Oops, I deleted my MySQL binary logs

Yesterday, I was testing various backup and recovery methods supported by ZRM for MySQL before 1.1.1 release. ZRM for MySQL requires binary logging to be enabled on the MySQL server. I ran out of disk space during testing and removed the binary logs. Accidently, I deleted the last binary log used by MySQL server. MySQL server uses the most recent binary log.

I could not start MySQL server again.

# service mysqld start
061031 17:38:48  mysqld started
061031 17:38:48  InnoDB: Started; log sequence number 14 1645228884
/usr/libexec/mysqld: File '/var/lib/mysql/mysql-bin.000017' not found
(Errcode: 2)
061031 17:38:48 [ERROR] Failed to open log (file
'/var/lib/mysql/mysql-bin.000017', errno 2)
061031 17:38:48 [ERROR] Could not open log file
061031 17:38:48 [ERROR] Can't init tc log
061031 17:38:48 [ERROR] Aborting
061031 17:38:48  InnoDB: Starting shutdown...
061031 17:38:51  InnoDB: Shutdown completed; log sequence number 14 1645228884

061031 17:38:51 [Note] /usr/libexec/mysqld: Shutdown complete
061031 17:38:51  mysqld ended

Thanks to Sheeri Kritzer for giving me ideas on how to resolve the problem. The binary log index file ( /var/lib/mysql/mysql-bin.index) stores information about most recent binary log file. Deleting the index file solves the problem. Of course, I had backups of the database using ZRM for MySQL and I could recovery to any point in time before the binary log deletion.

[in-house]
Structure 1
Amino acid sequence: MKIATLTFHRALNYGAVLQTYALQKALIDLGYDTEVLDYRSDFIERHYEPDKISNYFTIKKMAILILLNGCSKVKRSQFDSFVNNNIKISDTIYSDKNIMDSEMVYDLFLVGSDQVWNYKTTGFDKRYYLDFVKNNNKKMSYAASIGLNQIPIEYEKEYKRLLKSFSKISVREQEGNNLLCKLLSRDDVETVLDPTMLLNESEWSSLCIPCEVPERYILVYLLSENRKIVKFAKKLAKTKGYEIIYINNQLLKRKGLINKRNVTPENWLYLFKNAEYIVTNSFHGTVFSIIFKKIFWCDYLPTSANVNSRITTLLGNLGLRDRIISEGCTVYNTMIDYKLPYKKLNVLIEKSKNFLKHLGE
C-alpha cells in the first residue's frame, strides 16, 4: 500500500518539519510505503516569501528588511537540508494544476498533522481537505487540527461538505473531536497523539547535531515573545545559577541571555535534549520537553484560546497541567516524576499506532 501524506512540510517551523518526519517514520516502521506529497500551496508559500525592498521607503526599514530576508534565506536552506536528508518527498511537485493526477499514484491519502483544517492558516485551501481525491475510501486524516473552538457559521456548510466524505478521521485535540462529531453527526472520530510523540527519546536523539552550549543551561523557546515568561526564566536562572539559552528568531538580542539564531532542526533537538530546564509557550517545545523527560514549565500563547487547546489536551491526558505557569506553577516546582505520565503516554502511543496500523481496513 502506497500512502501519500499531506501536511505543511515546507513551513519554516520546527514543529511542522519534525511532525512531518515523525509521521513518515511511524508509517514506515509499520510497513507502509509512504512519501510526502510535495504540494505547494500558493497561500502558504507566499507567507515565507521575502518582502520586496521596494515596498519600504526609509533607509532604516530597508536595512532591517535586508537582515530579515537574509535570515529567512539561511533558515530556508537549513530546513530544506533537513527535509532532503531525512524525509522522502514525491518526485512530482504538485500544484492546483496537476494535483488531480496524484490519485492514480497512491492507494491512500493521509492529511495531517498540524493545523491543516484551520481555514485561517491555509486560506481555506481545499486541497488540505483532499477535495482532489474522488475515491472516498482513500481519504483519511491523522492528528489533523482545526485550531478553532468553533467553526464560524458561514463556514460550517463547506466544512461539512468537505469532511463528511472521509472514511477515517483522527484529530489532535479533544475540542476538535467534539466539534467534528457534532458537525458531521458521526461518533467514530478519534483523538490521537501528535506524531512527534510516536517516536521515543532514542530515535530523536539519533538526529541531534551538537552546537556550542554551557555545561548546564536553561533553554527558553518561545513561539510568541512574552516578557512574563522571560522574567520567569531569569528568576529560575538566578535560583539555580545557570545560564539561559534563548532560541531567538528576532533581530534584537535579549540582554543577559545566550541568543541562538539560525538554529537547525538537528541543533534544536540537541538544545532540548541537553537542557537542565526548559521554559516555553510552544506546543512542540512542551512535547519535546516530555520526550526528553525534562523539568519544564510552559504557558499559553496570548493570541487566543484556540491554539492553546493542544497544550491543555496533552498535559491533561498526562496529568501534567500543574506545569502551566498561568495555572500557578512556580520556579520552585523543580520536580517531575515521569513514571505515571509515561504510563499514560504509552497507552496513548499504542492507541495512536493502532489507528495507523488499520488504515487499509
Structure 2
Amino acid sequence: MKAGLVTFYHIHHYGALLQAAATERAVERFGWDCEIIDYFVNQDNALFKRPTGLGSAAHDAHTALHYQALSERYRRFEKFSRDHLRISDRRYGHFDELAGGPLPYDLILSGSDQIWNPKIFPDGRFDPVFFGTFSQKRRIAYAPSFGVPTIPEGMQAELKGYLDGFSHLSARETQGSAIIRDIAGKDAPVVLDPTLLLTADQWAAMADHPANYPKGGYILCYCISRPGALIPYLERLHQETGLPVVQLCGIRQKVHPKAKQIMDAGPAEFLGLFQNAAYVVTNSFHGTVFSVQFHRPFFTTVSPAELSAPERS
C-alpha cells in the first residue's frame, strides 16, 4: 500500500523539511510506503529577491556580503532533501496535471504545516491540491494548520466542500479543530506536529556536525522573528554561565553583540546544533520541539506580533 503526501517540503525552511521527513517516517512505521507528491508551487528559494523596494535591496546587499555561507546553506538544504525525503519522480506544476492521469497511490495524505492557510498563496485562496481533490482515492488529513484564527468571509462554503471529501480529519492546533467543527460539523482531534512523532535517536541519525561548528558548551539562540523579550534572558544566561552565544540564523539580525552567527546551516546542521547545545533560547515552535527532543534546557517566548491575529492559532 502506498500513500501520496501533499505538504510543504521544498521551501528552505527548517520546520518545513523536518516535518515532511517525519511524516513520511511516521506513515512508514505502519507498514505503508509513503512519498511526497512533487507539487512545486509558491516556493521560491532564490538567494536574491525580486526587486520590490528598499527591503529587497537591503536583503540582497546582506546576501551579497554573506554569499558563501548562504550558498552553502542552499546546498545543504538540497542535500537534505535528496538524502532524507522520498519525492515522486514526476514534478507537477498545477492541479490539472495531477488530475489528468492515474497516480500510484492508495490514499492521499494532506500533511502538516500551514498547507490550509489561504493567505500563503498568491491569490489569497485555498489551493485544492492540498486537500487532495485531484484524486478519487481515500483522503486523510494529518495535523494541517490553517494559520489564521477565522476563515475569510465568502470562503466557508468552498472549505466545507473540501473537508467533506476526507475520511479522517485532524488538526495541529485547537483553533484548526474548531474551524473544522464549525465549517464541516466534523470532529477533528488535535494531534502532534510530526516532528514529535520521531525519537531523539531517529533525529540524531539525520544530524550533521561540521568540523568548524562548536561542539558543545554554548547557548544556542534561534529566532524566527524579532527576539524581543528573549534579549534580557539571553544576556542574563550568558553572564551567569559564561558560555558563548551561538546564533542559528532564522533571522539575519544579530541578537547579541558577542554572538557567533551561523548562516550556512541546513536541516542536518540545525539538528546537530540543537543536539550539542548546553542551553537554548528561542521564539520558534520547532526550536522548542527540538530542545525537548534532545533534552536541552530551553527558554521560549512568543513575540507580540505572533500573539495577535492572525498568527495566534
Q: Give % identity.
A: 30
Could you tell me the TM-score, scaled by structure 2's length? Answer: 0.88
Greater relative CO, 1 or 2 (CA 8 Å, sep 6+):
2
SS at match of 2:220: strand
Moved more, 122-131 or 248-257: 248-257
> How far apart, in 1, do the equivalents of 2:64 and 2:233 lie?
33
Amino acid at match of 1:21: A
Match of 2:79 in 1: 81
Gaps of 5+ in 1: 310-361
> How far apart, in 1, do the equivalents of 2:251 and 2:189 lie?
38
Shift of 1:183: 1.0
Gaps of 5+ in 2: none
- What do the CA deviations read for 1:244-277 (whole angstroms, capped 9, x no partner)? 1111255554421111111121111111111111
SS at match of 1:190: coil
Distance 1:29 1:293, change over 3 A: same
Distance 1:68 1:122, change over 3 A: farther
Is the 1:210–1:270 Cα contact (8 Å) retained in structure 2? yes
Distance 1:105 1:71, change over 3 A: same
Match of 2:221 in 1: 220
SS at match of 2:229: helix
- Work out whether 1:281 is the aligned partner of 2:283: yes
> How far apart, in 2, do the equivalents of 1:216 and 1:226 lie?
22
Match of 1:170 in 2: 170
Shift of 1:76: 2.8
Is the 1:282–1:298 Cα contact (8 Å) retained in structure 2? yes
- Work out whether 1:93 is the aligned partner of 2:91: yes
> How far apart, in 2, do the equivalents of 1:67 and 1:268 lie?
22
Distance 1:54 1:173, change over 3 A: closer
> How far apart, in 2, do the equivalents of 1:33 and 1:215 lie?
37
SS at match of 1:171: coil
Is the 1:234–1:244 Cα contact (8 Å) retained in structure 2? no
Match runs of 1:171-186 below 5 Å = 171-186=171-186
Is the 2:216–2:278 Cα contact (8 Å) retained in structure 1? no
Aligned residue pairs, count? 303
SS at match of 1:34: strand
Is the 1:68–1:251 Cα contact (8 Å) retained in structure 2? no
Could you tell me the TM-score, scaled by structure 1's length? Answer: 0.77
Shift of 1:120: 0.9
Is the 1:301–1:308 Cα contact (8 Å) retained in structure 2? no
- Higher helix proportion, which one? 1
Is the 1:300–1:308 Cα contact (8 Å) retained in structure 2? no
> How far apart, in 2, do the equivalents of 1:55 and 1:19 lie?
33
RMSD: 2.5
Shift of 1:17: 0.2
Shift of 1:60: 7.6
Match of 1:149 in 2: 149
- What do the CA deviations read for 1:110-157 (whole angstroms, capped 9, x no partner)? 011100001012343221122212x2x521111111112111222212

Bottomline: Do not delete the most recent binary log file to save disk space and do regular backups.

2 Responses to “Oops, I deleted my MySQL binary logs”

  1. Sheeri says:

    Or rather, you *can* delete your binary logs to save disk space, but you need to use the “PURGE MASTER LOGS” command — do not delete them via the operating system commands (del, rm, etc). We have a scheduled job running that will purge the logs regularly so we do not have to worry about space filling up, yet always have the incremental logs from the last backup on.

  2. Jonathan Tullett says:

    If you use the MySQL server itself to delete the binary logs, ala:

    SHOW MASTER LOGS;
    PURGE MASTER LOGS TO ‘last-log-file-name.XXX’

    then you won’t have that problem again.

    Doing the above when slaves are connected will also mean there’s no chance of logs they haven’t yet received being deleted either.